‘A warm, buoyant celebration of womanhood, humanity and solidarity.’
A People’s History of HeavenMathangi Subramanian
LONGLISTED FOR A PEN/FAULKNER AWARD, 2020
A dazzling tribute to the resilience and determination of a remarkable community of women
In the sprawling Bangalore slum of Heaven, five girls – Muslim, Christian and Hindu; gay and straight – form an unbreakable bond. These are girls who refuse to be silenced, no matter how much their city would like to forget they exist. But now Heaven is threatened by government bulldozers, and the friends must come together to protect the close-knit, vibrant community they call home.
Sparkling with passion and courage and laced with humour, this is the story of five unforgettable young women and their fierce determination, not only to survive, but to triumph.
‘The women are not there for our pity; they are there to be listened to. How refreshing.’
‘Subramanian writes with empathy and exuberance, offering a much-needed glimpse into a world that too many of us don't even know exists. This is a book to give your little sister, your mother, your best friend, yourself, so together you can celebrate the strength of women and girls, the tenacity it takes to survive in a world that would rather have you disappear.’
‘Subramanian's observations are sharp, witty, and incisive; her writing is consistently gorgeous. She is passionate about the plight of Indian girls subjected to a patriarchal system that ruthlessly oppresses and devalues them... In depicting the societal ills that oppress India's women, Subramanian refuses to acquiesce to the plot that fate seems to have written for these girls.’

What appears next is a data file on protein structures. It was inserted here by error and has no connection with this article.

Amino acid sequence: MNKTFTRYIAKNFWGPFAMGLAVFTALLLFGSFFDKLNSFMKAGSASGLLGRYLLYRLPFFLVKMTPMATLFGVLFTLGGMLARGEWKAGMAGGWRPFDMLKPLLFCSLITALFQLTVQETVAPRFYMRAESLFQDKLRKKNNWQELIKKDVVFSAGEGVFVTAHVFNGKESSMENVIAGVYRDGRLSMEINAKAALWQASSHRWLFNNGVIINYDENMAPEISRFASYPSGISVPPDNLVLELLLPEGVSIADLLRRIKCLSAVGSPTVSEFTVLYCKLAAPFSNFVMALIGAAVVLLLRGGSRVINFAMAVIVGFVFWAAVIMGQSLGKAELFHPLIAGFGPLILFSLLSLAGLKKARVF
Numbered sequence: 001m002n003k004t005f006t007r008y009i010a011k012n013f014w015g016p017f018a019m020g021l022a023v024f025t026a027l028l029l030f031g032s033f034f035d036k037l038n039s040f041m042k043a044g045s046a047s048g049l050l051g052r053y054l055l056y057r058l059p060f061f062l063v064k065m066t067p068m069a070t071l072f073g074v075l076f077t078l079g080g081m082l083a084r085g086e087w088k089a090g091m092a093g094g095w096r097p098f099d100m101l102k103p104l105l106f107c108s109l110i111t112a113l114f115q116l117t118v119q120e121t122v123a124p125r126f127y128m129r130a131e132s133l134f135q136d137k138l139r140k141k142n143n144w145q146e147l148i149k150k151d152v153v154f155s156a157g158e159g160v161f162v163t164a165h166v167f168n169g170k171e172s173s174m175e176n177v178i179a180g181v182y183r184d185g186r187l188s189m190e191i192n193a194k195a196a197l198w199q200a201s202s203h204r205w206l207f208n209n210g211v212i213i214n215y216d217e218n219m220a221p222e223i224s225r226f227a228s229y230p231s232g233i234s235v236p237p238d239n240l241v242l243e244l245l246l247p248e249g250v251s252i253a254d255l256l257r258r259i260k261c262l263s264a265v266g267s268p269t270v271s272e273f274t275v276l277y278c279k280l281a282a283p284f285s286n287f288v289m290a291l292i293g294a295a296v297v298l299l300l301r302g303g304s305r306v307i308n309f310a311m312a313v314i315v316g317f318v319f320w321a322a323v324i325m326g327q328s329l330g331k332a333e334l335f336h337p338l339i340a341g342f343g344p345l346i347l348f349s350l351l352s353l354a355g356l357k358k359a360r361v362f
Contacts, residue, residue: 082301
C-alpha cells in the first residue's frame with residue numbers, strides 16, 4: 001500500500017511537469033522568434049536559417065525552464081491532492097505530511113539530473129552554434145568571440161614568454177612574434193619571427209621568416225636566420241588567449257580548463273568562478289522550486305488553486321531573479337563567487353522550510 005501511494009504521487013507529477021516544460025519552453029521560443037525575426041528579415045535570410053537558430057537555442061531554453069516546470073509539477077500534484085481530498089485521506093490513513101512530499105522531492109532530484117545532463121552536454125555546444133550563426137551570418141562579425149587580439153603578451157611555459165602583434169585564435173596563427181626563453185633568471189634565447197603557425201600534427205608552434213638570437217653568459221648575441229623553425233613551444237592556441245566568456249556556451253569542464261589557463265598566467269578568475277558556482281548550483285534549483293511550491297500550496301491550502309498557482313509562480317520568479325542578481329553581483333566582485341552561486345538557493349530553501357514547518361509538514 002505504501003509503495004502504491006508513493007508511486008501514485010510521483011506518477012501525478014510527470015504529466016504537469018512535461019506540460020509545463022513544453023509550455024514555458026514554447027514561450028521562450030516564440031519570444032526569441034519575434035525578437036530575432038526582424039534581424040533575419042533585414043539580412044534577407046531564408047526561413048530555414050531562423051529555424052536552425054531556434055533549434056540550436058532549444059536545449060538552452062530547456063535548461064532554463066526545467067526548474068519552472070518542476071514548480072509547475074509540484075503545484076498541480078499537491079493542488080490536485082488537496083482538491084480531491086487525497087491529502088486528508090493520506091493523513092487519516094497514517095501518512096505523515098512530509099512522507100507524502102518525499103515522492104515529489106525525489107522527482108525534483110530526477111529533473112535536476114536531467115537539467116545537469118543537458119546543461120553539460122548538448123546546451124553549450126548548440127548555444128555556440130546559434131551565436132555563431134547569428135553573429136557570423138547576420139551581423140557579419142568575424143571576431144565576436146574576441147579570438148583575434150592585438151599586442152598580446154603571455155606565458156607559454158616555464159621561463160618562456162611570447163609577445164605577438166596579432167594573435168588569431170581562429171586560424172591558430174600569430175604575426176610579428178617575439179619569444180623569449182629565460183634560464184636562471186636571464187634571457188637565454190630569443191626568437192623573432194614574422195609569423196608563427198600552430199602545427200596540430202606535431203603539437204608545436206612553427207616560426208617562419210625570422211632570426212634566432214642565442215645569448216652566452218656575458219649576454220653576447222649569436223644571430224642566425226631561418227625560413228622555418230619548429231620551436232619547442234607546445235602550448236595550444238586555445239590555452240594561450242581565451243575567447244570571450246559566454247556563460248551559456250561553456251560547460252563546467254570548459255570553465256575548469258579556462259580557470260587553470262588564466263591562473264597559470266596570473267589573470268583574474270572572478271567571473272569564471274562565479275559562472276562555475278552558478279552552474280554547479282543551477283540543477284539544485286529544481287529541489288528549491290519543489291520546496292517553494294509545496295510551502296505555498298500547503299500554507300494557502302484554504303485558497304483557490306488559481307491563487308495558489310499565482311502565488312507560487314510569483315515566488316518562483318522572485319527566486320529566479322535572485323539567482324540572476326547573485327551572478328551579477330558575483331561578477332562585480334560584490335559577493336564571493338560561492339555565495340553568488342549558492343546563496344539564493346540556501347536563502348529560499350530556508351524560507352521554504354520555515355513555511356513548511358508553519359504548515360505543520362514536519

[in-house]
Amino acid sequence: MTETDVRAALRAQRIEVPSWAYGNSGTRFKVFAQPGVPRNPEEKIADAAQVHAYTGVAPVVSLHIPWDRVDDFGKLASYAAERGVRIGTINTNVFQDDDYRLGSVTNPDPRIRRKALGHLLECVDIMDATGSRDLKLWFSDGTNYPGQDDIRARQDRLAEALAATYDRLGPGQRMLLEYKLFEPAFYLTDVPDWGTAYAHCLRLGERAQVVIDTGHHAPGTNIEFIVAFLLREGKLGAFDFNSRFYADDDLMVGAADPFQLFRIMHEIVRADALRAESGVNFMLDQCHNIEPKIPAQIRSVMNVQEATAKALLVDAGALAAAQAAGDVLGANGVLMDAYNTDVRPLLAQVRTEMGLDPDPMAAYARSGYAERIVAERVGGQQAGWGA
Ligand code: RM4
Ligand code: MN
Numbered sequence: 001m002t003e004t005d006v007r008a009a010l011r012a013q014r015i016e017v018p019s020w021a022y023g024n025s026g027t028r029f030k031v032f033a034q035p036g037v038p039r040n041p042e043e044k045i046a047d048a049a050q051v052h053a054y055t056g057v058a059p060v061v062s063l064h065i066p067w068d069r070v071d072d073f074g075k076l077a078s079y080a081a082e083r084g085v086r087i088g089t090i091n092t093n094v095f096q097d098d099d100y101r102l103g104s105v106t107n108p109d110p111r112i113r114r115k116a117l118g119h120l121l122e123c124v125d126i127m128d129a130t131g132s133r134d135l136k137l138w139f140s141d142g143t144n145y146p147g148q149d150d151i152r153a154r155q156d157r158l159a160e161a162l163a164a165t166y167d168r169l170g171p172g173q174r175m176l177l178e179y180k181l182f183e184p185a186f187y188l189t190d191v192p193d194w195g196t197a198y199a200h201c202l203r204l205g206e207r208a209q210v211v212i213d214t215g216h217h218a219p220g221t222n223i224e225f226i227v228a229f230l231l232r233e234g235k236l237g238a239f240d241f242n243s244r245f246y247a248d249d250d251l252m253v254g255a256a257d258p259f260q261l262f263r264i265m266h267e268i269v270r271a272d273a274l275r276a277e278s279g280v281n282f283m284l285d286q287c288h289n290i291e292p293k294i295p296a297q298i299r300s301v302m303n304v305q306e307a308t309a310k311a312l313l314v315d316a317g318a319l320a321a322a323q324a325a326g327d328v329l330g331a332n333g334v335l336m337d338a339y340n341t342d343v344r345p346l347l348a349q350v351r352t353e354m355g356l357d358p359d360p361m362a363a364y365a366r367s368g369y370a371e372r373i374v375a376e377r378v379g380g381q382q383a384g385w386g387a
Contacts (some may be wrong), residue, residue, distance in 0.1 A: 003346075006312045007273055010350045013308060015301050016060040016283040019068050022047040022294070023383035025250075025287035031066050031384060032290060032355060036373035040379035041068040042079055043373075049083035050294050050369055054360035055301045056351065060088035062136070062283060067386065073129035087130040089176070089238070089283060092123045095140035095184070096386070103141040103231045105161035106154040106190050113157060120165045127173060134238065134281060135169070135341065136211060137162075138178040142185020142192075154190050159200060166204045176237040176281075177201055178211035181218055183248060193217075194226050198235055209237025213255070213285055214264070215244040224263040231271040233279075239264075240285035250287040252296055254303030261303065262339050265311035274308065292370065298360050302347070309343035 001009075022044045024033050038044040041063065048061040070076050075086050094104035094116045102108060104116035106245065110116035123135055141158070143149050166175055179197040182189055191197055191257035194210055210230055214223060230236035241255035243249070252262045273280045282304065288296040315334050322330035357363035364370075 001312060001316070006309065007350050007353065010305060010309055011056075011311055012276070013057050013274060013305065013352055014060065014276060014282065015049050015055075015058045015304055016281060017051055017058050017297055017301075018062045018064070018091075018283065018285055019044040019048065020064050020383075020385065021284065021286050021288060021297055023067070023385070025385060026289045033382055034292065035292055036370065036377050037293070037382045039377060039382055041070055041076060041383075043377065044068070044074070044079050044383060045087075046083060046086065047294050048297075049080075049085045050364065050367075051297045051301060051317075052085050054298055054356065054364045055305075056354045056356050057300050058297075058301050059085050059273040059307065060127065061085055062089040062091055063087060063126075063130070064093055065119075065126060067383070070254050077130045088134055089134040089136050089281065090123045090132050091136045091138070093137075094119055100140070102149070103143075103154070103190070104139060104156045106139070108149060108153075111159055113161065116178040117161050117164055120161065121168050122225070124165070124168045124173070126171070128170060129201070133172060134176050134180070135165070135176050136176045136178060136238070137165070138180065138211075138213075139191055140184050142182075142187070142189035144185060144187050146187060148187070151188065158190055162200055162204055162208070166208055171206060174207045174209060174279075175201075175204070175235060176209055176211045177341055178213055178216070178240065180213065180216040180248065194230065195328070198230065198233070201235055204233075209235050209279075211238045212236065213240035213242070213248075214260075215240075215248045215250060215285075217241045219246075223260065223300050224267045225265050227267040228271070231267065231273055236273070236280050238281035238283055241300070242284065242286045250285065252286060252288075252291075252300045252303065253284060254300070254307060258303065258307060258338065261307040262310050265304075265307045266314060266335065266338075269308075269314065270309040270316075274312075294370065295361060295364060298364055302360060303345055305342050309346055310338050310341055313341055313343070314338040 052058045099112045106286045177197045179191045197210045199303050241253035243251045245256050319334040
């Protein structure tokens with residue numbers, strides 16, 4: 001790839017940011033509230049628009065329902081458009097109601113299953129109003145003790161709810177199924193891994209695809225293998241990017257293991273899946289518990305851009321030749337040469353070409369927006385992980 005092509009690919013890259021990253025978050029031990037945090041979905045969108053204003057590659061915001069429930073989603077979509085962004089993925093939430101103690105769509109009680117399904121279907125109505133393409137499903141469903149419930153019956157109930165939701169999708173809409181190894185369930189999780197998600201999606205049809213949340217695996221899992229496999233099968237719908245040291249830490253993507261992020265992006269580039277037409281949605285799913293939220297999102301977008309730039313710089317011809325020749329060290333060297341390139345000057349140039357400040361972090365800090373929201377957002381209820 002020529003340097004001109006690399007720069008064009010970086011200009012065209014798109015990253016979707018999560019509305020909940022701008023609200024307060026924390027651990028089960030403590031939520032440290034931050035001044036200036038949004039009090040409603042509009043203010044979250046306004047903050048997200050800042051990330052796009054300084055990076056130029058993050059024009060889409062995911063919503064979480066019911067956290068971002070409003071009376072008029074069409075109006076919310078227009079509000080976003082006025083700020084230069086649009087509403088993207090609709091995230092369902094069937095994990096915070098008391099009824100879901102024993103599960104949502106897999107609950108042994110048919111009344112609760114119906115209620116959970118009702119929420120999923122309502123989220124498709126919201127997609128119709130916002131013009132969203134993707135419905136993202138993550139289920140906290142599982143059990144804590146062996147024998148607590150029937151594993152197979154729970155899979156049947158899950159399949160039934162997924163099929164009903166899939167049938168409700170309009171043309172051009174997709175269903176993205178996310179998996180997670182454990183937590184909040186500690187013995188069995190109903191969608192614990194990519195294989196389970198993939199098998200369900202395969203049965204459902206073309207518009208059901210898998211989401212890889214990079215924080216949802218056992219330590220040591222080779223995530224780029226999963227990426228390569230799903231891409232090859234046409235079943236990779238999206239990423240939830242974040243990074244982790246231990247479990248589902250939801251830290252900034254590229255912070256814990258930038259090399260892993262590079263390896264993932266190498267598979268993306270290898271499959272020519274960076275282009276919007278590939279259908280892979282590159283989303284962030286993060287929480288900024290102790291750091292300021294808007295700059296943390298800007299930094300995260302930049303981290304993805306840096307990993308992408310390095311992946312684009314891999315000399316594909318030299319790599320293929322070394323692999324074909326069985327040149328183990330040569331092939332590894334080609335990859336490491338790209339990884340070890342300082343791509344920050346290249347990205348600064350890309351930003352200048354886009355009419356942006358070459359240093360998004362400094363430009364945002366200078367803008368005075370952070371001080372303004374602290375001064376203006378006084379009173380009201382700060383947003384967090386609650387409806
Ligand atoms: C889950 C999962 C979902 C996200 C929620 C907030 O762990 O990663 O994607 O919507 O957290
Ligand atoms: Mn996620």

'Even through the tragedies of lives lived in incomprehensible harshness, this is a beautifully crafted tale which glows with lyricism, colour and tenderness.'
‘Subramanian’s evocative novel weaves together a diverse, dynamic group of girls to create a vibrant tapestry of a community on the brink.’
‘Everything about A People's History of Heaven is wonderful: the lyrical, light touch of the narrator, the story, the humor, and most of all, the girls.’
‘A novel with a filmic quality… Brimming with warmth and good humour… quietly raises issues of equality and human rights… A book to savour and to make you smile.’
‘A girl power-fueled story that examines some dark social issues with a light . . . touch.’
‘How can a novel about a group of daughters and mothers on the verge of losing their homes in a Bangalore slum be one of the most joyful and exuberant books I’ve read? Subramanian writes without a shred of didacticism or pity, skillfully upending expectations and fiercely illuminating her characters’ strength, intelligence, and passionate empathy. A People’s History of Heaven should be a case study in how to write political fiction. Each page delighted and amazed me.’
‘A colourful, dramatic coming of age story.’
‘A People’s History of Heaven forefronts human dignity and the intelligence it takes to survive at the intersection of so much society uses to set people apart... Spending time with this fearsome five is...just plain fun.’